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Peak Oil, Part 2: Crunching the Numbers

How will peak oil affect a planet addicted to industrialization? How will peak oil affect a planet addicted to industrialization?

“One thing is clear: the era of easy oil is over. What we all do next will determine how well we meet the energy needs of the entire world in this century and beyond.” – David J. O’Reilly, Chairman & CEO of Chevron.

Even China, which manufactures the world’s “stuff,” uses less than half the petroleum of the US.

We live in what many call the Age of Oil. Characterized by the discovery and exploitation of petroleum some 150 years back, the Age of Oil represents the ‘big bang’ in history that precipitated contemporary civilization – industrialization, transportation, technology, and 6.8 billion people. The Age of Oil unequivocally relies on cheap and easy to find oil (the technical term being “conventional oil” reserves) to literally fuel virtually all aspects of life, from eating to drinking, electricity to manufacturing. We collectively assume that oil will always flow out of the earth in great abundance. And indeed, every human alive today was born into the Age of Oil and doesn’t know otherwise. But what if this oil, a finite resource, begins to run dry? What would happen to the edifice of global industrialized civilization that is constructed from and for petroleum? If we today live in the Age of Oil, and we are soon to run out of oil, what age will we transition into?

Crunching the Numbers

There are two very simple laws in oil production that are the basis for the Peak Oil analysis:

Oil is a finite resource, and is therefore subject to depletion.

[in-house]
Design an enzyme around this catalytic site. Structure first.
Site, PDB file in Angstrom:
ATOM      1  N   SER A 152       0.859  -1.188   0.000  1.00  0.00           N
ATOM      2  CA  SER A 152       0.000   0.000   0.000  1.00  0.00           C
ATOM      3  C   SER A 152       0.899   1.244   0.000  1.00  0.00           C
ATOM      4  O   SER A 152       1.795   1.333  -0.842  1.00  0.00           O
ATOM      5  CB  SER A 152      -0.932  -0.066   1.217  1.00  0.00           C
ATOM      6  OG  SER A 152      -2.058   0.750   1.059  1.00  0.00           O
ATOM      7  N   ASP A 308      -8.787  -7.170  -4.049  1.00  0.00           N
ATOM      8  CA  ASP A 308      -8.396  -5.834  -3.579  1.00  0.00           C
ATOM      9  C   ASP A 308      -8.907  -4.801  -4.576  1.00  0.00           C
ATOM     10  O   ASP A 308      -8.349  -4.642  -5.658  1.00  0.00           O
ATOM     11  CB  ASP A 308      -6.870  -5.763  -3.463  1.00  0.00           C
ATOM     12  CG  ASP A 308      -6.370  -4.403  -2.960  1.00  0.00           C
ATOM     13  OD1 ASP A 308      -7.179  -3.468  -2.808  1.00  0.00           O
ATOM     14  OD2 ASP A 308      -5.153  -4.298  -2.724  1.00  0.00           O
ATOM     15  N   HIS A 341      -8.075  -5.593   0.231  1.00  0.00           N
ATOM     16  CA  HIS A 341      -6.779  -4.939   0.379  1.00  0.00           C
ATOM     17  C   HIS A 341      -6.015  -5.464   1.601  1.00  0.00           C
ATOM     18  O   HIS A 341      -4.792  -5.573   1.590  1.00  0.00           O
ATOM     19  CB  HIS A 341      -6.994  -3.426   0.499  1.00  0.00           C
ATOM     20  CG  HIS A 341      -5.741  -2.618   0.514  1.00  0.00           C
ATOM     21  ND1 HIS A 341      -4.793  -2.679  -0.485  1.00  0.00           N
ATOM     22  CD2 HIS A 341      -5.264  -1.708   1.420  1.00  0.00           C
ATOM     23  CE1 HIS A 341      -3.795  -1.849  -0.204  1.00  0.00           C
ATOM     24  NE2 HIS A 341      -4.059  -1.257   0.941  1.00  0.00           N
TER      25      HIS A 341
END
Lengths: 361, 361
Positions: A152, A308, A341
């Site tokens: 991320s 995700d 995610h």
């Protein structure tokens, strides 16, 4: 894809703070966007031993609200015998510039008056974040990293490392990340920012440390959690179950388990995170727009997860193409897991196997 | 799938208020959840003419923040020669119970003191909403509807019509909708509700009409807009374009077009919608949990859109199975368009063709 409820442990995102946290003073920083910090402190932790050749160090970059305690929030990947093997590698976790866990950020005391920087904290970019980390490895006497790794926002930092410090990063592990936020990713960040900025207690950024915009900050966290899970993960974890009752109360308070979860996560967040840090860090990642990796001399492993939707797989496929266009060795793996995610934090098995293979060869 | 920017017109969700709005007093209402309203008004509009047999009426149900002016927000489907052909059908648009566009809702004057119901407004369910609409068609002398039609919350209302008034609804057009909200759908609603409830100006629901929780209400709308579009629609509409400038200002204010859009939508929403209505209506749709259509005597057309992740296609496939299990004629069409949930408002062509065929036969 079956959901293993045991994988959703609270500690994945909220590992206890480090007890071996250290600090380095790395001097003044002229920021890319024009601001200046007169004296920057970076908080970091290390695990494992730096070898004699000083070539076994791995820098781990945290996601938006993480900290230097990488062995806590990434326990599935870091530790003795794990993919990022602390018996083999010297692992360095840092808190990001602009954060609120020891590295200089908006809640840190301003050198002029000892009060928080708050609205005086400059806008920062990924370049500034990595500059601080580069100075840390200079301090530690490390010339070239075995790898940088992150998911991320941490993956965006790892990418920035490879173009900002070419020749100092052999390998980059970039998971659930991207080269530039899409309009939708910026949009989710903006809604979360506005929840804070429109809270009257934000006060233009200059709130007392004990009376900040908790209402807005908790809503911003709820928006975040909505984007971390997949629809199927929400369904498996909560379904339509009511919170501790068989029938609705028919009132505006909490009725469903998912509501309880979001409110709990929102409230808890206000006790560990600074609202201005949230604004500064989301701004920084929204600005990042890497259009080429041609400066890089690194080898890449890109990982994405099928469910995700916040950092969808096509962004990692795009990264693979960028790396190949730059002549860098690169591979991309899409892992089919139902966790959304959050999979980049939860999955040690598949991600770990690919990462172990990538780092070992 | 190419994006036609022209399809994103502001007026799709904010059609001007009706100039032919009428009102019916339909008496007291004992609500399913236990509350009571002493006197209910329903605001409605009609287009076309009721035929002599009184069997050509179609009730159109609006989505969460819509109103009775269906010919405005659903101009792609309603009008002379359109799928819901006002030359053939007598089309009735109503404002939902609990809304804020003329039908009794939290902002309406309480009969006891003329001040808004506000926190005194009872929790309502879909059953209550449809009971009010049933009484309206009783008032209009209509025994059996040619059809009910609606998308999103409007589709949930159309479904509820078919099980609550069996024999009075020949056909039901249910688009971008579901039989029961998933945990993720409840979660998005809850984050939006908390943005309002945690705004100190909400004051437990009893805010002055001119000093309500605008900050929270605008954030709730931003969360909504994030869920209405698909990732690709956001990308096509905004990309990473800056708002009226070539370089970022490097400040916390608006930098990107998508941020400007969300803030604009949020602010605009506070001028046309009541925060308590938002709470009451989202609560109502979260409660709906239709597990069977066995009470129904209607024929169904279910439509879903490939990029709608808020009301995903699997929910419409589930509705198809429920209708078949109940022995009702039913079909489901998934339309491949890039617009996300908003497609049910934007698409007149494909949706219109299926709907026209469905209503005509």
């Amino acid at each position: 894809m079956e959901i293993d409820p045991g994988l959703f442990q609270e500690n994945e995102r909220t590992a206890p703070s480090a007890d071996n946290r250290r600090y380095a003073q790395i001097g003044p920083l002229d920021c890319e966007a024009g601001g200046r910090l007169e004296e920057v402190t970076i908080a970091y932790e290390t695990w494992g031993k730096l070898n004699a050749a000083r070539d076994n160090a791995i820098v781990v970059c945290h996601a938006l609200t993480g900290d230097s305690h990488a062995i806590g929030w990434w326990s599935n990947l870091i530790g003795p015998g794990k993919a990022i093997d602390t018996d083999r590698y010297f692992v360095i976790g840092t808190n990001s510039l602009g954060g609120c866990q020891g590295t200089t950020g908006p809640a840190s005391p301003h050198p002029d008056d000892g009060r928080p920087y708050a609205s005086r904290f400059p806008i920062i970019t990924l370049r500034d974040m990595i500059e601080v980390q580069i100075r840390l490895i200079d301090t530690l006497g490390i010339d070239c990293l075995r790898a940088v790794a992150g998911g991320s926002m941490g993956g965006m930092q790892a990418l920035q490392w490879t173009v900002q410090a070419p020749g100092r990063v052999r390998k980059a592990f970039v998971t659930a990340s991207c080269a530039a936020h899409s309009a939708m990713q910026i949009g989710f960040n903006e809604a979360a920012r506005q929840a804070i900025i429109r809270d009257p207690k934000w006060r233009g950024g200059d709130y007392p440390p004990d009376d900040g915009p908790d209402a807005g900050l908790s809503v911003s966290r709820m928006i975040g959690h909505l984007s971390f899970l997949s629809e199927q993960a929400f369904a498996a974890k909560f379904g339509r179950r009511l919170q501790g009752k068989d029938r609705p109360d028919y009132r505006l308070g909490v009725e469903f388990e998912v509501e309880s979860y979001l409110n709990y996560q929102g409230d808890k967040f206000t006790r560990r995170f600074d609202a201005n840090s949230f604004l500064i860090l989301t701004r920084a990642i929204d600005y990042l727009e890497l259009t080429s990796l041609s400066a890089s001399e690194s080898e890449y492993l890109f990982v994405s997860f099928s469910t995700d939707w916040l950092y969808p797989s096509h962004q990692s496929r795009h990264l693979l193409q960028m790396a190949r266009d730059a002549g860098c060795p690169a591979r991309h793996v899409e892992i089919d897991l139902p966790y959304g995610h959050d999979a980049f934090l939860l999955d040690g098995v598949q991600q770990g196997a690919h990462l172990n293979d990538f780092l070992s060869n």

An oil field has to be discovered before it can be produced.

So let’s crunch some numbers to understand the science behind Peak Oil.

It is important to first take a look at America – it has only 5 percent of the world’s population yet consumes much more oil than all other countries (25 percent of the planet’s total consumption). Even China, which manufactures the world’s “stuff,” uses less than half the petroleum of the US.

At the time of the industrial revolution, America was a land rich in oil. Some wells had so much pressure that, when drilled, would literally explode into the air and could not be capped. Fossil fuel was in enormous abundance, leading many to speculate that humans would never deplete the natural stock. However, America’s oil production peaked in 1970 and has been in irreversible decline since. It now imports 70 percent of its crude oil. So where is it coming from?

The Middle East, mostly. It holds the lion’s share of the world’s known oil. So, logically, its output would reveal much about the future of oil production.

There is an overwhelming amount of information revealing that Saudi Arabia has already passed its peak.
Saudi Arabia, with the biggest known oil field, contains roughly 25 percent of all

known conventional oil on the planet. Although it is hard to know the exact data and dates (much of it is kept secret), there is an overwhelming amount of information revealing that Saudi Arabia has already passed its peak. The increasing body of hard evidence suggests it has, or will very soon, pass its peak and will enter what might prove to be a dramatic decline. Saudi oil platforms have begun moving offshore into what is called “unconventional” oil fields (meaning much more difficult to retrieve) in an attempt to make up for a reduction in conventional oil. Moving offshore would not make economic sense if conventional oil was still plentiful – it requires a much larger investment of energy to retrieve the same amount of oil. If Saudi Arabia has passed its peak in oil production, what about the rest of world?

Join me in Part 2 where I discuss global oil production and the exploration and discovery of new fields, along with the legendary M. King Hubbert, an oil geologist and physicist who warned of Peak Oil in 1949. We ignored and laughed at his claims at our peril.

Read Peak Oil, Part 1 – click here.

Read Peak Oil, Part 3 - click here.

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A look at how oil depletion affects industrialized society and climate change.
Last modified on Saturday, 01 September 2012 09:46

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